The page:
In the previous post, I pointed out that one thing that people often mean when they say “addiction” is that someone chooses smoking over not smoking, but “wants to quit”.  I pointed out that this almost certainly means they have a second-order preference for wanting to prefer not smoking over smoking, but that is not their actual preference.

I emphasized one critical point that is often overlooked when this concept is implicitly invoked as an excuse for torturing smokers into quitting:  Most everyone has been tricked into believing that every smoker who manages to quit will find himself just as happy/alert/clear-headed/etc. when he abstinent as he was when he smoked.  While this will be true for some people who give up tobacco/nicotine, it is definitely not true for many.  In particular, it is almost certainly not true for those who “want to quit” but start again after a period of abstinence.

In a hundred different ways, this lie permeates discussions about use and cessation (“all you need is just a little help getting over that hurdle”).  The lie dooms countless smokers — literally millions of them — to a repeated cycle of temporary abstinence, expecting to find that they no longer want to smoke after being abstinent for a while, followed by starting to smoke again because they still prefer smoking to abstinence.  But it is also one of the fundamental anti-THR lies that I have written about before:  Everyone would be happy being abstinent, and so they just need to get there; thus, we do not need THR.  (Actually, this claim is wrong for other reasons too, actually, but I will stick to the one theme.)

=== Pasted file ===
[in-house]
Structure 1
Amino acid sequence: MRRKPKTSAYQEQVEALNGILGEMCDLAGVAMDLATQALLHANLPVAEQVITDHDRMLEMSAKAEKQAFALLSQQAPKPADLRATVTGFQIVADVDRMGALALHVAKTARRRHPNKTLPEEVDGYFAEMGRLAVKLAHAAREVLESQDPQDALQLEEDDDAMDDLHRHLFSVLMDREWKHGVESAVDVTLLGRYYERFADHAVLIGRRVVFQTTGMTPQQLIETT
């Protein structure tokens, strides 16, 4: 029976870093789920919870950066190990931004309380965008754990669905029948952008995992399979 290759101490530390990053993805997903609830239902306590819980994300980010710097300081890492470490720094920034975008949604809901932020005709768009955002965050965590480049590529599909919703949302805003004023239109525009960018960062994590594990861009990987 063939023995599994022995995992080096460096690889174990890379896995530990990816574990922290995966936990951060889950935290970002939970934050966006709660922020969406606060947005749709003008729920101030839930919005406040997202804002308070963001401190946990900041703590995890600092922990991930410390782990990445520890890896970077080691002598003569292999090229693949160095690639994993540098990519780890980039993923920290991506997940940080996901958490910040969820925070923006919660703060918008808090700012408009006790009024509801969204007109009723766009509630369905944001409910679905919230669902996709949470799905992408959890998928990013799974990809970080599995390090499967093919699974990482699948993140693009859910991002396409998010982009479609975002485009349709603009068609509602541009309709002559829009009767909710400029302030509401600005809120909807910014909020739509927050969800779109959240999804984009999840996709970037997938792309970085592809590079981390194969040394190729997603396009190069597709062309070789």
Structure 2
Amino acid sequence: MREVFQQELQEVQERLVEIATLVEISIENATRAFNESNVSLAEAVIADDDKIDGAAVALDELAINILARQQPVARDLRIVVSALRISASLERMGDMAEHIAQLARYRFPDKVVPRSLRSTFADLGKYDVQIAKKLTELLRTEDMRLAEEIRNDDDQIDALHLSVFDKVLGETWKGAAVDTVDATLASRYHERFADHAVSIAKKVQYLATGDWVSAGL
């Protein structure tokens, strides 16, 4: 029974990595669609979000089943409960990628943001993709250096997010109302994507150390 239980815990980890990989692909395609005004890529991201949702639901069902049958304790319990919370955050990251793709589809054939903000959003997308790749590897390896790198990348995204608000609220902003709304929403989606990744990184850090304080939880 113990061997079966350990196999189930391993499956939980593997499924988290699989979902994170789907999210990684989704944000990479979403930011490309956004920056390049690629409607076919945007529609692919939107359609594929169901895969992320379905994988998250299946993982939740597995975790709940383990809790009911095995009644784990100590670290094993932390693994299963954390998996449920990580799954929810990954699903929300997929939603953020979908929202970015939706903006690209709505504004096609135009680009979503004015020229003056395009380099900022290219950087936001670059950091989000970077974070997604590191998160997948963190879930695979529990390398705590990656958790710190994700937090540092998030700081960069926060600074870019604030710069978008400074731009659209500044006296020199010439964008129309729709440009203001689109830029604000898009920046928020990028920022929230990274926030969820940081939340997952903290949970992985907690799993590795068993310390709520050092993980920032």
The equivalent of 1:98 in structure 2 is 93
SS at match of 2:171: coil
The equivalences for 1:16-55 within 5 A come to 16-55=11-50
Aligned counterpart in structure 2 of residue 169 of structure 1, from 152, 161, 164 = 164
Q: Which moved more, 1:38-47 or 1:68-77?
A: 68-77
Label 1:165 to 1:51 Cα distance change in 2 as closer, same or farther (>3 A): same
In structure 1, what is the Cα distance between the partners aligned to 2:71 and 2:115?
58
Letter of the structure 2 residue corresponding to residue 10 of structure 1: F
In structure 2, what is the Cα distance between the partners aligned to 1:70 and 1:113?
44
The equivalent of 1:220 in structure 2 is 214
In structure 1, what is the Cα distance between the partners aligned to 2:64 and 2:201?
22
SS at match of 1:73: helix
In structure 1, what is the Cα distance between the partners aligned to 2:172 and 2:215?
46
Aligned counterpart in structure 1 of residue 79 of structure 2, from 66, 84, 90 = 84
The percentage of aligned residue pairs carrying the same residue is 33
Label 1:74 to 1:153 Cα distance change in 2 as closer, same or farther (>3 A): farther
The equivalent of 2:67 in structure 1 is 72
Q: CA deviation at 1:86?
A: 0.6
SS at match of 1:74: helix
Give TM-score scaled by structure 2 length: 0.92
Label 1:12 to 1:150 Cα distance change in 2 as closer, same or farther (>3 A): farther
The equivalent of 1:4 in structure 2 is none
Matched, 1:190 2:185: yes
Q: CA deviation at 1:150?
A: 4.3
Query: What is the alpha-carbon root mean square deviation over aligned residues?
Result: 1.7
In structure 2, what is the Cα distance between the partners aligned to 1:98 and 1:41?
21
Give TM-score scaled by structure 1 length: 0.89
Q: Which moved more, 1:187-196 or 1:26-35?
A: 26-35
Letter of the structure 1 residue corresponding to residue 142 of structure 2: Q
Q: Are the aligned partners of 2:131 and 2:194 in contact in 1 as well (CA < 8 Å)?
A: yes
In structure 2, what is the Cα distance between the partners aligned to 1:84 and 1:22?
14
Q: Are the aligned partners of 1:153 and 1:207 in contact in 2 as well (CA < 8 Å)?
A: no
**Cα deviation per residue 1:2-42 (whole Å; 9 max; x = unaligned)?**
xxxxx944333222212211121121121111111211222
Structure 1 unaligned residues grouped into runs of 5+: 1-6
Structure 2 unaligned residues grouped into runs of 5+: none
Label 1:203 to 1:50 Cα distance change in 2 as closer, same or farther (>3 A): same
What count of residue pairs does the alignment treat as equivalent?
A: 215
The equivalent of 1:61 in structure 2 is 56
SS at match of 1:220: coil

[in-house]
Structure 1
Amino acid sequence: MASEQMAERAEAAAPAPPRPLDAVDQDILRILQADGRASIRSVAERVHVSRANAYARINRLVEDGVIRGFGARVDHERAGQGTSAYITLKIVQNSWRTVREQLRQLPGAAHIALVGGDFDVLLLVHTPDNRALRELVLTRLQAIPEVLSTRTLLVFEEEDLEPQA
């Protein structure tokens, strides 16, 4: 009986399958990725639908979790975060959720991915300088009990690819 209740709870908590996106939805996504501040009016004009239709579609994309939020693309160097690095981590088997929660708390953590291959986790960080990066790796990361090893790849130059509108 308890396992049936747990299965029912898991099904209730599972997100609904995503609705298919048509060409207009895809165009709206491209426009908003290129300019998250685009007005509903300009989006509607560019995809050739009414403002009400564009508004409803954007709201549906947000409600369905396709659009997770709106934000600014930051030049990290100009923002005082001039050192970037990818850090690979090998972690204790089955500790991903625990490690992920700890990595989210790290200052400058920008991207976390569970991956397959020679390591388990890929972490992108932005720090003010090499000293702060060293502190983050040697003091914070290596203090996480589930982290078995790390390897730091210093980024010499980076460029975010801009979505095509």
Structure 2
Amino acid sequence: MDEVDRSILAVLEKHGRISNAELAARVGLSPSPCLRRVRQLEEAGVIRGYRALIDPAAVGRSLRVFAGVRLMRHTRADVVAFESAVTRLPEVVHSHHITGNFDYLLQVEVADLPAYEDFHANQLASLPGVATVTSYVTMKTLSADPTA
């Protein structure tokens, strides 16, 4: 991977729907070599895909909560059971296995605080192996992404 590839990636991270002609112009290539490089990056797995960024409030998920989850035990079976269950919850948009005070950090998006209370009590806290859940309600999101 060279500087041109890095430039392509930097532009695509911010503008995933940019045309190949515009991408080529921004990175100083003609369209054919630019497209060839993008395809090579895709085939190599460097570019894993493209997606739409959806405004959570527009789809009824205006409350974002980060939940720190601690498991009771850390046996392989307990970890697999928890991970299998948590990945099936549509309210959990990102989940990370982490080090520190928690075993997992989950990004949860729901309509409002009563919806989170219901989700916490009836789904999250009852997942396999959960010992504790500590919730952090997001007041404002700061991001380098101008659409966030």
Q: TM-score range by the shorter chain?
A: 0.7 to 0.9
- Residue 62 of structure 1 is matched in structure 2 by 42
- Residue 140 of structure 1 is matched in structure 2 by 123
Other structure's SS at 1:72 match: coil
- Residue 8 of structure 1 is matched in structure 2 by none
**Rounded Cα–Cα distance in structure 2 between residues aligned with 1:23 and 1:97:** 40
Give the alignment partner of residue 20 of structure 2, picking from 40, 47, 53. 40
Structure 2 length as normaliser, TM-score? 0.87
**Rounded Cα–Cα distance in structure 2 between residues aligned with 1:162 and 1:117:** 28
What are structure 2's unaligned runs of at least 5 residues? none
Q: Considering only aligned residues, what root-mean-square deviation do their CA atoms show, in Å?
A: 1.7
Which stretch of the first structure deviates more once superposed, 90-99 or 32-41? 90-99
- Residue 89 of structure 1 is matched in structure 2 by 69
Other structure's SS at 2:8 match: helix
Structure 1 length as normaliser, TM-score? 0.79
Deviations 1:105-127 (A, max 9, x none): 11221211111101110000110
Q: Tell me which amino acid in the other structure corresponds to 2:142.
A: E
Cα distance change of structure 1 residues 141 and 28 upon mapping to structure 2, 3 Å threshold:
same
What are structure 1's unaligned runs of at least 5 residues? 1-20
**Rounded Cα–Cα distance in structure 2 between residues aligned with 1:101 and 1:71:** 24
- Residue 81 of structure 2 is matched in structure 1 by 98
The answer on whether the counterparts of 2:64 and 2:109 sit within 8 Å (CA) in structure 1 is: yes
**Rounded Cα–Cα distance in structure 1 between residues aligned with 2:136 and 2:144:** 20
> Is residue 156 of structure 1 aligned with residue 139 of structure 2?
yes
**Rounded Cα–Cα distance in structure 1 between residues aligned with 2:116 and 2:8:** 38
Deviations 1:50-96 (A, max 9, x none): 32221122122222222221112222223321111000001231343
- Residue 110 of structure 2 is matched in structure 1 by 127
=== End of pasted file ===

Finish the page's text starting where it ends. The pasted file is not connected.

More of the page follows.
Circling back to the dialog tree of what to say to a non-ANTZ who invokes the old “…but they are still addicted” claim as a reason for opposing THR, when someone defines “addiction” with answer #6, how should we respond?  I took so long getting to this because I think it is necessary to really understand the implications of second-order preferences in order to answer well.  With the background in mind, the script for responding should begin with:

If someone says they want to quit but never does, or they quit for a while and start again, it shows that they actually prefer smoking to abstinence when those are the only two choices.  But there is a good chance they would act on their stated desire to quit, and stick with it, if given a way to make non-smoking better — that is, to keep some of the advantages of smoking.  That makes such a smoker the perfect candidate for THR.  Indeed, it is difficult to think of any more compelling reason to support THR than this notion of “addiction”.